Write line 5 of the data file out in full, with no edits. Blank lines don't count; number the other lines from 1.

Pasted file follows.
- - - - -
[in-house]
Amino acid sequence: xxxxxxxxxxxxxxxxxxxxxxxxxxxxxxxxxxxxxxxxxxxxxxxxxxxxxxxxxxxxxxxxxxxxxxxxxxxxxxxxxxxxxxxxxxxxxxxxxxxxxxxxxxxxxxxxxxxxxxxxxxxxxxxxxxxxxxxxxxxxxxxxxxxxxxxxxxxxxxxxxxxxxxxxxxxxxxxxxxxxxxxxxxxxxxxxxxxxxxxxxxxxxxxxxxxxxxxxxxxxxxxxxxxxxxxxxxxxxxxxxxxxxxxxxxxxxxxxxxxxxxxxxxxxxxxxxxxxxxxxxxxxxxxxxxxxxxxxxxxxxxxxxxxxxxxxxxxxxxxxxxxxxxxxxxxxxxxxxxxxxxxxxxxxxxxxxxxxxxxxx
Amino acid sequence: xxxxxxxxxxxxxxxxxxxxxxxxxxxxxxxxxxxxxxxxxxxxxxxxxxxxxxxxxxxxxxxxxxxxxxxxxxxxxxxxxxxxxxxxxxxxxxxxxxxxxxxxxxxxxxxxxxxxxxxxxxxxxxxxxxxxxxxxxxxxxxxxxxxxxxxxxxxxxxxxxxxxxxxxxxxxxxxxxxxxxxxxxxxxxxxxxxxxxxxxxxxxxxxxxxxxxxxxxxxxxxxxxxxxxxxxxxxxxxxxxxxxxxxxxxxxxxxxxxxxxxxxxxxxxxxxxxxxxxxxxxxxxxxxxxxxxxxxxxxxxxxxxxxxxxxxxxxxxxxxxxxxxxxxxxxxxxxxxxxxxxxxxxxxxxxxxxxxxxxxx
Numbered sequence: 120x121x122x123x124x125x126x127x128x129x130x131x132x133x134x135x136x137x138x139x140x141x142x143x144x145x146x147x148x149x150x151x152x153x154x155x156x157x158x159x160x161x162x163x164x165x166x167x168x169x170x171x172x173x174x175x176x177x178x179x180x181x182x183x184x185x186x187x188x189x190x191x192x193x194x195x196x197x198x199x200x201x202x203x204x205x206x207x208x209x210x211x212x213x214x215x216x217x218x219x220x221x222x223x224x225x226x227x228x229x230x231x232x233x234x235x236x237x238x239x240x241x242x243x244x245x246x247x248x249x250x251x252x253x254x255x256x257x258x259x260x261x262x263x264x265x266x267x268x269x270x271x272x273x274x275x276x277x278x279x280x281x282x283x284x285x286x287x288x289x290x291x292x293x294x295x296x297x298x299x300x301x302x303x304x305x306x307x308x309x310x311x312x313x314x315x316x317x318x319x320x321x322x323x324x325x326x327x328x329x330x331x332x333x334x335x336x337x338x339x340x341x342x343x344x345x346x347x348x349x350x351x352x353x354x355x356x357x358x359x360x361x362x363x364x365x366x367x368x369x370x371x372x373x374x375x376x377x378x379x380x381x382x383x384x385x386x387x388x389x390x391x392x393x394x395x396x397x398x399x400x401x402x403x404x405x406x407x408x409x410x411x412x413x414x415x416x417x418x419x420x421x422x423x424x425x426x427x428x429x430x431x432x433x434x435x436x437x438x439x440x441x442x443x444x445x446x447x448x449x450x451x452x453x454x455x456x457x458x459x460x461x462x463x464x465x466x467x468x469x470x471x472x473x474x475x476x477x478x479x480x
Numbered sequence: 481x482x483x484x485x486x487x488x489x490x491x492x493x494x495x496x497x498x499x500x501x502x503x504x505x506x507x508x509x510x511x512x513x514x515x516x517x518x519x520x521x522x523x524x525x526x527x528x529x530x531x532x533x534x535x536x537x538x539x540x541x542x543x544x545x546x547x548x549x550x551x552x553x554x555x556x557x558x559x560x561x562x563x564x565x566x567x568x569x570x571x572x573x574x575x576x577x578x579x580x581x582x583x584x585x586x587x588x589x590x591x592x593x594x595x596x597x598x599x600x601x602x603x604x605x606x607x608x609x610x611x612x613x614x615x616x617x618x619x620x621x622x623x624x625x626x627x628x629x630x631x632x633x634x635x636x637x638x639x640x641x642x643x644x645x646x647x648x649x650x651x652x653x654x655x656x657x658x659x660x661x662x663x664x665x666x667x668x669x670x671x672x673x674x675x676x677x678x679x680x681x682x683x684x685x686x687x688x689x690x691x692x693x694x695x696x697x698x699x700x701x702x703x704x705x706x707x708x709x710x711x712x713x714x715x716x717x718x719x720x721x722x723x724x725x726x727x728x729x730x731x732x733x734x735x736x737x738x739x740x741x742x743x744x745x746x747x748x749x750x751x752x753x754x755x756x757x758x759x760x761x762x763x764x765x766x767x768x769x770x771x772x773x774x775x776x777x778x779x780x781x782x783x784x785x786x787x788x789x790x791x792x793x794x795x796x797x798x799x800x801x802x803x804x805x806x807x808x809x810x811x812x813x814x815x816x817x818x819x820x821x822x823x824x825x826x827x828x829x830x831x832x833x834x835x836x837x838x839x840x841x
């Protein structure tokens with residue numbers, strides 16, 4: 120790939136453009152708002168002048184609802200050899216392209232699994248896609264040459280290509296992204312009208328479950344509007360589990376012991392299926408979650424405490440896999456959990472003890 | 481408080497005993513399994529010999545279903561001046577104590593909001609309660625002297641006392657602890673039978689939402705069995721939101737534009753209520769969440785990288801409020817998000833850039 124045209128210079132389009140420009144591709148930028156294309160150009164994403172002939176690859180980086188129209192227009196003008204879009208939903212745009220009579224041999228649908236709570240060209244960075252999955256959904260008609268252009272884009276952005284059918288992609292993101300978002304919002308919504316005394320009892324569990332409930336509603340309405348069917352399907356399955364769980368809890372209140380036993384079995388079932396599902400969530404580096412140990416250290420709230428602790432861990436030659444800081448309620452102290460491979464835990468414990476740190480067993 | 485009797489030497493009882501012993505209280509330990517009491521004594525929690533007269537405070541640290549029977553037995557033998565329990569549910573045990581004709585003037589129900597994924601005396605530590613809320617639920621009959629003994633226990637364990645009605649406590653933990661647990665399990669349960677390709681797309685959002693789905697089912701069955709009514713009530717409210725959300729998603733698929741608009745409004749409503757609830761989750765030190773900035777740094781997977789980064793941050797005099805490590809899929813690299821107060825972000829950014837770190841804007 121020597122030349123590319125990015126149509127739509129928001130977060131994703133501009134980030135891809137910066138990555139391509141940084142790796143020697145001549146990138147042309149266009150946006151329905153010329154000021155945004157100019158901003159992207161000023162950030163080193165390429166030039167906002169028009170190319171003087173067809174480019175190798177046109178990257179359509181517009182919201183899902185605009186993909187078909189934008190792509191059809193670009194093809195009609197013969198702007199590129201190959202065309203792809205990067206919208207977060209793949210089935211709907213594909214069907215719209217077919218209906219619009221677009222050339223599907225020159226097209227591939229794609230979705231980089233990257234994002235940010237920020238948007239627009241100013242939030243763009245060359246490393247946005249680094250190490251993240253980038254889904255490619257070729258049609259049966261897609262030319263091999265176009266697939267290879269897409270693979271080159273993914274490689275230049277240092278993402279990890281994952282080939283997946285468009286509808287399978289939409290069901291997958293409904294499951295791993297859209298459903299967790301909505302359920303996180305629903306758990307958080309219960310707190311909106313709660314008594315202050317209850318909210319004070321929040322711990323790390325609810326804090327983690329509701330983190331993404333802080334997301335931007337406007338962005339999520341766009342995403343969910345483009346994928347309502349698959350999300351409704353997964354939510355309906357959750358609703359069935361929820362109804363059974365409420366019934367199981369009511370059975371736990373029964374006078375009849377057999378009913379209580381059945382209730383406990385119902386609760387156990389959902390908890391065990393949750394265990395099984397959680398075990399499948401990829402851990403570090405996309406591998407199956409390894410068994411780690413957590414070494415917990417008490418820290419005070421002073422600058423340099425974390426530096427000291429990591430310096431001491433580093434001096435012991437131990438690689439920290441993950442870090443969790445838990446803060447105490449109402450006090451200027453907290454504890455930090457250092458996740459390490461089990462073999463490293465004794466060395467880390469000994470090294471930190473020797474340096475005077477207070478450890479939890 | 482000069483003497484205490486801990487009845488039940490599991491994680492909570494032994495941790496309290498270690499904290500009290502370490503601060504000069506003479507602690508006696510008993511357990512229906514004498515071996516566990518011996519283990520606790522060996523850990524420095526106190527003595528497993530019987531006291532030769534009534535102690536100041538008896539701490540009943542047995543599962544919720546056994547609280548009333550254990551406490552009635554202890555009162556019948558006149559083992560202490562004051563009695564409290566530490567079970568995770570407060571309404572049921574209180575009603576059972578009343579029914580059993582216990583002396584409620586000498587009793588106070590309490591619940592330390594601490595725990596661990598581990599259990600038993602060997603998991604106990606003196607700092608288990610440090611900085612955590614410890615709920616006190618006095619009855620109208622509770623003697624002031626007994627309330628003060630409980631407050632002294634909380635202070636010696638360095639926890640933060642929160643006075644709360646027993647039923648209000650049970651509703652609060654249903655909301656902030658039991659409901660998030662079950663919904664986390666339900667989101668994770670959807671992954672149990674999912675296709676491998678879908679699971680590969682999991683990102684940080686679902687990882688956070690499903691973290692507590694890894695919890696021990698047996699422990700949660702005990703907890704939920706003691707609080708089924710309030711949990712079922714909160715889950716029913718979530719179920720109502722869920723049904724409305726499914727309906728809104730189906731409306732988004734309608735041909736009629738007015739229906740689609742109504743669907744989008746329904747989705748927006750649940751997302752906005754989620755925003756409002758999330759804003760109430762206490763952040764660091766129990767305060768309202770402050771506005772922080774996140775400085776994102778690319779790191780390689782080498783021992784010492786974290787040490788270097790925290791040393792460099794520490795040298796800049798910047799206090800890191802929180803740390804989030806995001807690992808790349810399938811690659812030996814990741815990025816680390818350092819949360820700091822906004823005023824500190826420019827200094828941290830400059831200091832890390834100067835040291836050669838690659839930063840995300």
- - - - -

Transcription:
Numbered sequence: 481x482x483x484x485x486x487x488x489x490x491x492x493x494x495x496x497x498x499x500x501x502x503x504x505x506x507x508x509x510x511x512x513x514x515x516x517x518x519x520x521x522x523x524x525x526x527x528x529x530x531x532x533x534x535x536x537x538x539x540x541x542x543x544x545x546x547x548x549x550x551x552x553x554x555x556x557x558x559x560x561x562x563x564x565x566x567x568x569x570x571x572x573x574x575x576x577x578x579x580x581x582x583x584x585x586x587x588x589x590x591x592x593x594x595x596x597x598x599x600x601x602x603x604x605x606x607x608x609x610x611x612x613x614x615x616x617x618x619x620x621x622x623x624x625x626x627x628x629x630x631x632x633x634x635x636x637x638x639x640x641x642x643x644x645x646x647x648x649x650x651x652x653x654x655x656x657x658x659x660x661x662x663x664x665x666x667x668x669x670x671x672x673x674x675x676x677x678x679x680x681x682x683x684x685x686x687x688x689x690x691x692x693x694x695x696x697x698x699x700x701x702x703x704x705x706x707x708x709x710x711x712x713x714x715x716x717x718x719x720x721x722x723x724x725x726x727x728x729x730x731x732x733x734x735x736x737x738x739x740x741x742x743x744x745x746x747x748x749x750x751x752x753x754x755x756x757x758x759x760x761x762x763x764x765x766x767x768x769x770x771x772x773x774x775x776x777x778x779x780x781x782x783x784x785x786x787x788x789x790x791x792x793x794x795x796x797x798x799x800x801x802x803x804x805x806x807x808x809x810x811x812x813x814x815x816x817x818x819x820x821x822x823x824x825x826x827x828x829x830x831x832x833x834x835x836x837x838x839x840x841x